SCRANTON — Four painters – Kevin Kinkead, Gayle Wells Mandle, Gretchen Dow Simpson and Mark Webber – whose work ranges from the realistic to abstract and from the timeless to the political, personal, and immediate, will be featured in Narratives Seen, an exhibition to open Saturday, Feb. 27 in the Mahady Gallery at Marywood University.
This exhibit will also be one of the last organized shows for Sandra Povse, gallery director at Marywood University, who is retiring in August.
Povse, in her 21st year, has exhibited 13 to 15 shows annually, on average.
“We’ve shown a lot of varieties of artists and mediums,” she said. “It has been very exciting. I’ve been able to arrange galleries and curate the theme of the shows.”
The works will be on display through April 3, and an opening reception for the artists is scheduled for 6 to 8 p.m. Saturday, Feb. 27, accompanied by Gypsy Jazz Quintet. All events, including the reception and exhibition, are free and open to the public.
Povse, a Honesdale resident, has enjoyed her time at Marywood and is excited to finish the last few months on a positive note.
“It’s been a great run,” Povse, 65, said. “I feel I have done the best I can to promote the visual arts in the region. I’m looking forward to this particular exhibit to see how it all pulls together.”
Webber, a North Abington Township resident, has been teaching in the department of Visual Arts at Marywood University since 1990, where he also organizes and leads European museum tours for students.
He has affiliations with Hackett-Freedman Gallery in San Francisco and Prince Street Gallery in New York City, and was recently invited to do a residency at the Joseph and Anni Albers Institute in Connecticut. His work is in public collections at Lockhaven University, The University of Scranton, and The Everhart Museum in Scranton and private collections in New York City, San Francisco, Chicago, Atlanta, Boston, Minneapolis, Philadelphia and smaller locales in the United States and Europe. His most recent solo exhibits were in Paris, France.
Simpson, formerly of Waverly, now lives and works in Providence and Pawtucket, Rhode Island. She began her distinguished career taking photographs of buildings and worked as a freelance photographer in Boston, New York, Minneapolis, and Scranton from 1962-1970. Her first painting was purchased by The New Yorker magazine, and, over a 20-year period, 58 paintings were used as covers. She is best known for her distinctive views of New England architecture.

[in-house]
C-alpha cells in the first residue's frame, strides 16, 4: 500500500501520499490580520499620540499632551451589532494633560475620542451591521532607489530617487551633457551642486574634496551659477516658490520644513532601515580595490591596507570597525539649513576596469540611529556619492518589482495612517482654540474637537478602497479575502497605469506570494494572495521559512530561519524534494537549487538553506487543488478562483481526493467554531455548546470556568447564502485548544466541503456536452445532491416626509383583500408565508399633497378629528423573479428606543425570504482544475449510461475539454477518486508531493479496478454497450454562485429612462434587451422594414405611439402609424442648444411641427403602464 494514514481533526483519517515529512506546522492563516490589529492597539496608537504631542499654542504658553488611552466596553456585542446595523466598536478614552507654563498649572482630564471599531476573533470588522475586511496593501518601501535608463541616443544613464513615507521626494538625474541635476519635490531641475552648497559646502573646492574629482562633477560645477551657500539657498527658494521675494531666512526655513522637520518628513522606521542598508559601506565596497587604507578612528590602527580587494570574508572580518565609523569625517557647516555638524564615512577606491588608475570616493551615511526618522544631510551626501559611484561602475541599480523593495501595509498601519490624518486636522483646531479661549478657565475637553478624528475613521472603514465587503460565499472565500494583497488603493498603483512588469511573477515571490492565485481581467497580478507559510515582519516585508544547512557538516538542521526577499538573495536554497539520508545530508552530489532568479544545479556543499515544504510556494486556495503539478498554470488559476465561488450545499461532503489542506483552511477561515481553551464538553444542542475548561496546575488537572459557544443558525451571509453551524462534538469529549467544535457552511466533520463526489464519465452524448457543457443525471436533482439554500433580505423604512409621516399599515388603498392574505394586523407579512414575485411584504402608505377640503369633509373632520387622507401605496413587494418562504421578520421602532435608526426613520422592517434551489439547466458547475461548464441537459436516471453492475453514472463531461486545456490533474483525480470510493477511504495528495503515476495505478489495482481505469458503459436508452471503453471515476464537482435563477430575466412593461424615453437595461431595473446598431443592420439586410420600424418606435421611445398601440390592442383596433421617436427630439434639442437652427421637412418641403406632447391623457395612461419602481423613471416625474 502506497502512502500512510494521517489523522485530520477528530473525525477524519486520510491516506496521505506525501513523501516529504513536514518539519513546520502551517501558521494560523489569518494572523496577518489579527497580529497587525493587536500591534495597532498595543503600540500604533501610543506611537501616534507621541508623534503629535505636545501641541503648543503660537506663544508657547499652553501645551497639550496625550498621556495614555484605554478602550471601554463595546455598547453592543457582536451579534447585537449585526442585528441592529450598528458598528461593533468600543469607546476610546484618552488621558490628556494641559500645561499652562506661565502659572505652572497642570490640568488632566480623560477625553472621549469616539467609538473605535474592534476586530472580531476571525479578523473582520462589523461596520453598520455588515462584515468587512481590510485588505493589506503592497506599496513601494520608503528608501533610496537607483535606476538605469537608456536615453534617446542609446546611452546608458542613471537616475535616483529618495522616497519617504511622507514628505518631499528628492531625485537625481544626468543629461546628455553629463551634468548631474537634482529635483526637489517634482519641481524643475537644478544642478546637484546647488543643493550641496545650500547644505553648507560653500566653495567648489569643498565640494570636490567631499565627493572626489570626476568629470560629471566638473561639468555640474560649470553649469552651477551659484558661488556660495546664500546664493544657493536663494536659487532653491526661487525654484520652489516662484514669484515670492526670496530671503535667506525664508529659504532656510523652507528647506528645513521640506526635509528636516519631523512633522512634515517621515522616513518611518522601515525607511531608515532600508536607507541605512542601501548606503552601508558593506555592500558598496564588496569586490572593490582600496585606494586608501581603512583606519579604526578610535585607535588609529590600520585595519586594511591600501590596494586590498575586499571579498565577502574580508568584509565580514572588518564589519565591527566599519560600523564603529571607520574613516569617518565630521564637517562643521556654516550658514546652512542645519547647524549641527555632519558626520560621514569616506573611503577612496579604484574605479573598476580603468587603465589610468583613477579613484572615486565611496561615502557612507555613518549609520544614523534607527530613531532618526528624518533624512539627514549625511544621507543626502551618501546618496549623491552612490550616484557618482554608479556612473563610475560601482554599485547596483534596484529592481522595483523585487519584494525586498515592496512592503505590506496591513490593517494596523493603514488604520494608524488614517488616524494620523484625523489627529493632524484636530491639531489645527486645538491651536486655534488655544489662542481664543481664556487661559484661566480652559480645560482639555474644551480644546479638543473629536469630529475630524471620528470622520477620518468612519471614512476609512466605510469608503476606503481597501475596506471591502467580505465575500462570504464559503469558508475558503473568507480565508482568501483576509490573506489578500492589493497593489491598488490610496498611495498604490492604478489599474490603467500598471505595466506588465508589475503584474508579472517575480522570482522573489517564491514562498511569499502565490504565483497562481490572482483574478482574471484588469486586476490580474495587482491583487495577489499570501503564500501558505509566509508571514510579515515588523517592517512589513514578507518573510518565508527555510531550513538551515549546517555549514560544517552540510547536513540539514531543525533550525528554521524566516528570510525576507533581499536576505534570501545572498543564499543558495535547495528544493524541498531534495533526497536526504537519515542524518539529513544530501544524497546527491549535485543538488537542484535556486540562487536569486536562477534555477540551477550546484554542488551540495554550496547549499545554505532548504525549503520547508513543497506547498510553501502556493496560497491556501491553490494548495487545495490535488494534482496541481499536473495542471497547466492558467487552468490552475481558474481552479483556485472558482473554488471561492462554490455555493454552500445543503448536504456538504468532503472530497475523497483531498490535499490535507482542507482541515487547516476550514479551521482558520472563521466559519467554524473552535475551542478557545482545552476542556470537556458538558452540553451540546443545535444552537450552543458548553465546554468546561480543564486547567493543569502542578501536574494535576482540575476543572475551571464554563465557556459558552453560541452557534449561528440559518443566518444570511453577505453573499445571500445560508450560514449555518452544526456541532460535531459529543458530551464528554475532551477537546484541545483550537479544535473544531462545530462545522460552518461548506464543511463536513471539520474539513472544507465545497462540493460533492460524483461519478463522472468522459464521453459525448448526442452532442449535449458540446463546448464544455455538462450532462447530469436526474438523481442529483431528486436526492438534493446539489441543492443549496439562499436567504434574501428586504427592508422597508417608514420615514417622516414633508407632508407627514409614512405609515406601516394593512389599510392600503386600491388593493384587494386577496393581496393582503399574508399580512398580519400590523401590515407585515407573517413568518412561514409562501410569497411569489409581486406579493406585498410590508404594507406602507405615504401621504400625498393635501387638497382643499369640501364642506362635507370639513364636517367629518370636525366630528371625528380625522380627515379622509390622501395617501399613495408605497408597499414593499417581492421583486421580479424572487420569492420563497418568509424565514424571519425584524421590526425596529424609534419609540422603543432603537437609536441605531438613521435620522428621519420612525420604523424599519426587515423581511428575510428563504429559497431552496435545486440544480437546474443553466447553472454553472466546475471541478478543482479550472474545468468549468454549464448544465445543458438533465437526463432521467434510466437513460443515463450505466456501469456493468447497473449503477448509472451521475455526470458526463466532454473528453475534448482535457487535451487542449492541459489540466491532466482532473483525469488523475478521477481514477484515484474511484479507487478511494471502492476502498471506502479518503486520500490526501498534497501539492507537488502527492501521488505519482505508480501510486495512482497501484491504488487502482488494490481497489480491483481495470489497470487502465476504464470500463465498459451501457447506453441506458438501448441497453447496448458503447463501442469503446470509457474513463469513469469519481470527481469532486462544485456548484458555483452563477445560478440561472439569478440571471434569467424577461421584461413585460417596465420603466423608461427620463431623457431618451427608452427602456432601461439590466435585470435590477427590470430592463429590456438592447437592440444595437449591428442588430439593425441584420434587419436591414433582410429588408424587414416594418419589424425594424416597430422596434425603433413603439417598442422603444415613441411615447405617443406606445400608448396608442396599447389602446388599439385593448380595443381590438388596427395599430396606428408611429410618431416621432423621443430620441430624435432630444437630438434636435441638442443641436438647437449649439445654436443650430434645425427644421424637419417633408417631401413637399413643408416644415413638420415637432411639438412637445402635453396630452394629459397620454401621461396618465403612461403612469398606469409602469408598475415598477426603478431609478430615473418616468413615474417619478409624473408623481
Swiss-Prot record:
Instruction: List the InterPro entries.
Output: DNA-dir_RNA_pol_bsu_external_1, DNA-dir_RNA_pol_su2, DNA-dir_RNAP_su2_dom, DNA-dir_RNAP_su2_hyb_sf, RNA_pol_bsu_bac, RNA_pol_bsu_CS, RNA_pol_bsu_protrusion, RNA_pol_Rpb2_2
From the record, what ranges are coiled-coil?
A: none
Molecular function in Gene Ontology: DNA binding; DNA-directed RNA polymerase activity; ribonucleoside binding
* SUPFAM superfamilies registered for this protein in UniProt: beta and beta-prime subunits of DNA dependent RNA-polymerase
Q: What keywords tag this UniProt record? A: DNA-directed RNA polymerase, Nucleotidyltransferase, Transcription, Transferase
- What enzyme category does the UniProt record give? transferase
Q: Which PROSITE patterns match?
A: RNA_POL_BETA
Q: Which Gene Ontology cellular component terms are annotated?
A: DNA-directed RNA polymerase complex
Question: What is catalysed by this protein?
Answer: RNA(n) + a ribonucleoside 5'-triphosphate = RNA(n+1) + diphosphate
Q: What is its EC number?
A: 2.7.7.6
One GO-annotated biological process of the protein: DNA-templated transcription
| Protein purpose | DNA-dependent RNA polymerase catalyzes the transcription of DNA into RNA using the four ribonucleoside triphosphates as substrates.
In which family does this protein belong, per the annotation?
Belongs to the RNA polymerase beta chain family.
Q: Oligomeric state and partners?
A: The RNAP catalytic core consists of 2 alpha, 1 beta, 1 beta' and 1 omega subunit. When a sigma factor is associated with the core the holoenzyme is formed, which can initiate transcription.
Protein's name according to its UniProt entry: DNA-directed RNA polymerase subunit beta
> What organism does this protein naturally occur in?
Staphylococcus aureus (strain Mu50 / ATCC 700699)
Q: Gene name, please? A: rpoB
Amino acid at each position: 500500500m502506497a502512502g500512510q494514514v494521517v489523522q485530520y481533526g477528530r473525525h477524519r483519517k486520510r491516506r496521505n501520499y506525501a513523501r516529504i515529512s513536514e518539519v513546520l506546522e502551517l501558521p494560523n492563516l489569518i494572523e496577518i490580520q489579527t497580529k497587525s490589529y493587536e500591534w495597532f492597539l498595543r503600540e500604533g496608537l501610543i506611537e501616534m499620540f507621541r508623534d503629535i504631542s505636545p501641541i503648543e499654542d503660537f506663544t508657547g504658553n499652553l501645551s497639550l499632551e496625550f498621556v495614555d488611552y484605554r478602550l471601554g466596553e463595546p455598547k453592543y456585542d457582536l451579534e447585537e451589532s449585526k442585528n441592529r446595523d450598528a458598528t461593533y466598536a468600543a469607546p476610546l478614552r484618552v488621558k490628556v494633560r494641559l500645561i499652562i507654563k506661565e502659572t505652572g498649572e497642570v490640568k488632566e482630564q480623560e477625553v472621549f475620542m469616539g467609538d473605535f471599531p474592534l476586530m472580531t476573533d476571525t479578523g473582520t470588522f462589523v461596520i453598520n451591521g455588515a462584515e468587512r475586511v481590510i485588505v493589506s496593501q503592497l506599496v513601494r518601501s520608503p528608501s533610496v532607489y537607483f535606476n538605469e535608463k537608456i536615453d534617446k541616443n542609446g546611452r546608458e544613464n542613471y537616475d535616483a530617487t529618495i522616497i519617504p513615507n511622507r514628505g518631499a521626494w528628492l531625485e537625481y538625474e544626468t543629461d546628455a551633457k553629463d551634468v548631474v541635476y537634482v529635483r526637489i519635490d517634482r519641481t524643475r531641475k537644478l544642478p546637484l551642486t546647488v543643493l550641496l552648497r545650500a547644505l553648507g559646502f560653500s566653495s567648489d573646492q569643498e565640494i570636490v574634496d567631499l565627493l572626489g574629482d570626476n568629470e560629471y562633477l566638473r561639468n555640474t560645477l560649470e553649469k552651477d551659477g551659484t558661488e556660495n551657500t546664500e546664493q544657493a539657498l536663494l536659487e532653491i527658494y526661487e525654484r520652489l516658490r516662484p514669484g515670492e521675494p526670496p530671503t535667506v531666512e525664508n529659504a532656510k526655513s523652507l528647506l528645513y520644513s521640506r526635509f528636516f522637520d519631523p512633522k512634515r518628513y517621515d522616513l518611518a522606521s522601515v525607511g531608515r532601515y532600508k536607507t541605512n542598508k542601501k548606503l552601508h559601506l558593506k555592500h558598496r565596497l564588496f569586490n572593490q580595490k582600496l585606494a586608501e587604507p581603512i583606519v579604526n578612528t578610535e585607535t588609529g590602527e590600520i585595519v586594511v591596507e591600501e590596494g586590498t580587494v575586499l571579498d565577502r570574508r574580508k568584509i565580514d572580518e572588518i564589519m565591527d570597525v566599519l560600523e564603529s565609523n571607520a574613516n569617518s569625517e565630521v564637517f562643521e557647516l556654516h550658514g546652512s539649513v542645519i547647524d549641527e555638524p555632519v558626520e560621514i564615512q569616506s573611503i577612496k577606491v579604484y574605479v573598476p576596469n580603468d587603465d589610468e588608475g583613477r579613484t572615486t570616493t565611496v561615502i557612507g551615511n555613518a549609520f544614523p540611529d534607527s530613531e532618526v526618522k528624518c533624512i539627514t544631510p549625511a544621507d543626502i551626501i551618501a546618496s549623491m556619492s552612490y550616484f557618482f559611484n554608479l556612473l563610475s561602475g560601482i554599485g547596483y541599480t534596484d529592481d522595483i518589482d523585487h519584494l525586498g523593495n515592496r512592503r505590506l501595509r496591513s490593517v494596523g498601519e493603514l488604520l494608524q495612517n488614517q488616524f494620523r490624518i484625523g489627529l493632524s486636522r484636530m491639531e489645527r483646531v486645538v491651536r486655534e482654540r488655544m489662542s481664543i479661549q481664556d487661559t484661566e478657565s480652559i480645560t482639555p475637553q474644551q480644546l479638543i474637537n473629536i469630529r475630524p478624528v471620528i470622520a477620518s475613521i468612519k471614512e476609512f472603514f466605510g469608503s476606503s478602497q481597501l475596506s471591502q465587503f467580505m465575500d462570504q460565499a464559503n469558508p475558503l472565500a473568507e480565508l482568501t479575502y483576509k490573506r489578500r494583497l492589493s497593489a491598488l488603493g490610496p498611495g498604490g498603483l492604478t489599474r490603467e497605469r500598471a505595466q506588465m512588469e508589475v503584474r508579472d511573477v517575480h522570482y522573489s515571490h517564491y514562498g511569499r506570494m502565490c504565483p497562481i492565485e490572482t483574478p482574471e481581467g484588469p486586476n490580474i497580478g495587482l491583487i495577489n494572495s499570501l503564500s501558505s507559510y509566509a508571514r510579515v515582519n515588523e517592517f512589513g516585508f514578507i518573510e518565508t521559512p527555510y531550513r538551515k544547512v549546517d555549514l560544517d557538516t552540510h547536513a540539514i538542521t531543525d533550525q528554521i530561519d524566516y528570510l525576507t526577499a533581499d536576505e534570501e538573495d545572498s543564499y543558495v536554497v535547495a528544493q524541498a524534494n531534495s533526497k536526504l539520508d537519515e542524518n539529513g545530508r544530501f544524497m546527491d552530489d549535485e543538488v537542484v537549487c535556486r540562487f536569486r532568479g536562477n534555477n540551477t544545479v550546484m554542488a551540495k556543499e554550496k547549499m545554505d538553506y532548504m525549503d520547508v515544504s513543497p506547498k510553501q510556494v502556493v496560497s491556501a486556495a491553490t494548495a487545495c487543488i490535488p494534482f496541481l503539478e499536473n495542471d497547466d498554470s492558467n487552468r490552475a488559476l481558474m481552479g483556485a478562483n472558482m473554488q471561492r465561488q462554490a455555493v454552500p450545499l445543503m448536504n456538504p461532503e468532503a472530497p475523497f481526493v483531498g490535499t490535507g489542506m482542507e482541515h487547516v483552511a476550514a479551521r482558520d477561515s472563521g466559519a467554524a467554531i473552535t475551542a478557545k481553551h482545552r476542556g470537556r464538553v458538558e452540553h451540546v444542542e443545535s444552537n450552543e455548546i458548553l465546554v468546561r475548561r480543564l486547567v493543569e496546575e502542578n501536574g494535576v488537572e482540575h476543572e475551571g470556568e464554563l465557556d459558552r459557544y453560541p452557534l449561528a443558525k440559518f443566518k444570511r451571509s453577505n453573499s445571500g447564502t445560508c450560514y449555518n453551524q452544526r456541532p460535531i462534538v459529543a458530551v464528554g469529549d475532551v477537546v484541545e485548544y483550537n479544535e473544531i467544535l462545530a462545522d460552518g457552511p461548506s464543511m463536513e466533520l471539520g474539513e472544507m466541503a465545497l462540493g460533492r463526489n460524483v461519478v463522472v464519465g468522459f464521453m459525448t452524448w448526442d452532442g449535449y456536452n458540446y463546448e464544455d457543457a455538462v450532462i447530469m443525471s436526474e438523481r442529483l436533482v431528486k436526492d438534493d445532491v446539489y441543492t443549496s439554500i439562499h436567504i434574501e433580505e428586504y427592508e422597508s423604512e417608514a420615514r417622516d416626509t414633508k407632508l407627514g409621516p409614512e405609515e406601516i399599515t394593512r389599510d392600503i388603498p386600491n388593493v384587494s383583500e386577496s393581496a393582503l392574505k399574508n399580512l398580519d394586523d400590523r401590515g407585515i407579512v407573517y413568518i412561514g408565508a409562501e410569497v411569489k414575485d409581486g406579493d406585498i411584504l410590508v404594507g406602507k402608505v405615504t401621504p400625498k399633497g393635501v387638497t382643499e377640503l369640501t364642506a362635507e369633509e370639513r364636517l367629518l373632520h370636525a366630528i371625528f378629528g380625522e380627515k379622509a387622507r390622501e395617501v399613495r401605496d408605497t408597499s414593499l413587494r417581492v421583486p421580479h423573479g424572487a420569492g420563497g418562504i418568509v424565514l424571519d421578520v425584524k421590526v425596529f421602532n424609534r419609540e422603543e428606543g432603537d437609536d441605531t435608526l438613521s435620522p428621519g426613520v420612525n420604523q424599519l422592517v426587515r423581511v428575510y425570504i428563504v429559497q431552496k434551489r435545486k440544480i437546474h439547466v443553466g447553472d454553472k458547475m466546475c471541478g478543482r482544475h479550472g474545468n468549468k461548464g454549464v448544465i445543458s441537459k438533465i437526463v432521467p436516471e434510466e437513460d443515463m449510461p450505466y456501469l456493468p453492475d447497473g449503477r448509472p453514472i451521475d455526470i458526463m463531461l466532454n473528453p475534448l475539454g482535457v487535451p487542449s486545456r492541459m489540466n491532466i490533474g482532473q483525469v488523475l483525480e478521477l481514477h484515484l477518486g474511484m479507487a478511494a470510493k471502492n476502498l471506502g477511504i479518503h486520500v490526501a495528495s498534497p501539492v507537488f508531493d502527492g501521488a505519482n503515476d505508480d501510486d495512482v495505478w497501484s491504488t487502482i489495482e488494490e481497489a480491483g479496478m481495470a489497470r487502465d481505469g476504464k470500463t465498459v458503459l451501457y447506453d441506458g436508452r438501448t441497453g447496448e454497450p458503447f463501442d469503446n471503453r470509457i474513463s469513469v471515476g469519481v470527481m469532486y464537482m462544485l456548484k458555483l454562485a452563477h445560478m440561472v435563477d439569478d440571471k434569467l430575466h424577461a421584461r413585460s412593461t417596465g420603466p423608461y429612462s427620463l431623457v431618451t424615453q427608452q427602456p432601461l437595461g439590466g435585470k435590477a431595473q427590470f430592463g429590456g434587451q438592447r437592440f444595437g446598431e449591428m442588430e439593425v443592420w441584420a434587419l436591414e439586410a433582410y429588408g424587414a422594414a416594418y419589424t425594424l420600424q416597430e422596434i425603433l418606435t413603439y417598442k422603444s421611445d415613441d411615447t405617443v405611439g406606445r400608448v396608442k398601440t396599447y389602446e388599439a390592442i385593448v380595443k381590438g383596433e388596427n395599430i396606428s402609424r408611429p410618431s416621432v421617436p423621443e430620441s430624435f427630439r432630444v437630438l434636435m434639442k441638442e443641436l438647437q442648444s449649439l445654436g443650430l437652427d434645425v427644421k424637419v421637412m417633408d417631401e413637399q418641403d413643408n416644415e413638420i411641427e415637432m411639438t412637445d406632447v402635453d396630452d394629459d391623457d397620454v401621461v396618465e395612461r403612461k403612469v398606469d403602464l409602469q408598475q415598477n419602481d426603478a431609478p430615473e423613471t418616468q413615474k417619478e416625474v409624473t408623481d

Her paintings are recognizable by their clean-lined, architectonic focus, with flat surfaces and deep perspectives.
Mandle, formerly of Kingston, lives and works in South Dartmouth, Massachusetts. She has traveled extensively over the years and recently returned from living several years in the Middle East, where much of her artwork focused on human rights issues and the need for clean water.
Her artwork forms out of storytelling and the focus comes from observations about current events. She creates the stories in her work in a semi-abstract format, using mixed media, text, and texture to support the ideas in them.
Kinhead is a New Yorker born in Barnstable, Massachusetts. His paintings in the exhibition span approximately two decades of his career, from the mid 1990s to present. A long time figurative painter, his most recent work has begun to cross over to more abstract territories, while retaining subtle references to figuration and narrative.
His interest in unusual pictorial tensions is rooted in his studies at the Swain School of Design in the 1970s. His larger earlier works are oil on canvas while his more recent work, from 2010 to present, are small works on paper that incorporate gouache, ink, and pencil, and combine the recognizable and abstract.
Kinkead has shown at the NABI Gallery in Chelsea, as well as many other venues in New York, Massachusetts, and Pennsylvania.
A few exhibits stand out in Povse’s mind including Nature Seen from 2011.
“I really enjoyed it because it spoke of my sensibilities,” she said.
She also was fond of The Endless Mountains Spirit in 2015, a collaborative effort between the art staff at Marywood and representatives from The Endless Mountains Farm.
For more information, contact Marywood University’s department of Visual Arts at 570-348-6278 or visit marywood.edu/galleries.
Robert Tomkavage contributed to this report. Information provided by Marywood University.